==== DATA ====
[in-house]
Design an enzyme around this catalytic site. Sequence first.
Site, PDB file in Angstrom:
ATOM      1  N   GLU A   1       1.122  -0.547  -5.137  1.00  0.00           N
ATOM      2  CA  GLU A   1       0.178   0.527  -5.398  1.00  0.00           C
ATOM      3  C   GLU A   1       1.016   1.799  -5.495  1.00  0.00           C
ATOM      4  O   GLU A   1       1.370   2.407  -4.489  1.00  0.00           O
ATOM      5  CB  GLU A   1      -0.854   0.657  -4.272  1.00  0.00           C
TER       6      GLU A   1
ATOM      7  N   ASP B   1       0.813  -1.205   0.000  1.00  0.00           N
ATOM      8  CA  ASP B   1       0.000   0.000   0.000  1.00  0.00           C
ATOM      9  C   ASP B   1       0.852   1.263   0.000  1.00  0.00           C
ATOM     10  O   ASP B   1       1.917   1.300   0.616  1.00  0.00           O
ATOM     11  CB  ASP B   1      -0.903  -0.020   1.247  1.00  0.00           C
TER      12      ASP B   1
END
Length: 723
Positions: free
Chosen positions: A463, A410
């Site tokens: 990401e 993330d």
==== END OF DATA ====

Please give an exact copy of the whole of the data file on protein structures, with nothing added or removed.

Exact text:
[in-house]
Design an enzyme around this catalytic site. Sequence first.
Site, PDB file in Angstrom:
ATOM      1  N   GLU A   1       1.122  -0.547  -5.137  1.00  0.00           N
ATOM      2  CA  GLU A   1       0.178   0.527  -5.398  1.00  0.00           C
ATOM      3  C   GLU A   1       1.016   1.799  -5.495  1.00  0.00           C
ATOM      4  O   GLU A   1       1.370   2.407  -4.489  1.00  0.00           O
ATOM      5  CB  GLU A   1      -0.854   0.657  -4.272  1.00  0.00           C
TER       6      GLU A   1
ATOM      7  N   ASP B   1       0.813  -1.205   0.000  1.00  0.00           N
ATOM      8  CA  ASP B   1       0.000   0.000   0.000  1.00  0.00           C
ATOM      9  C   ASP B   1       0.852   1.263   0.000  1.00  0.00           C
ATOM     10  O   ASP B   1       1.917   1.300   0.616  1.00  0.00           O
ATOM     11  CB  ASP B   1      -0.903  -0.020   1.247  1.00  0.00           C
TER      12      ASP B   1
END
Length: 723
Positions: free
Chosen positions: A463, A410
């Site tokens: 990401e 993330d």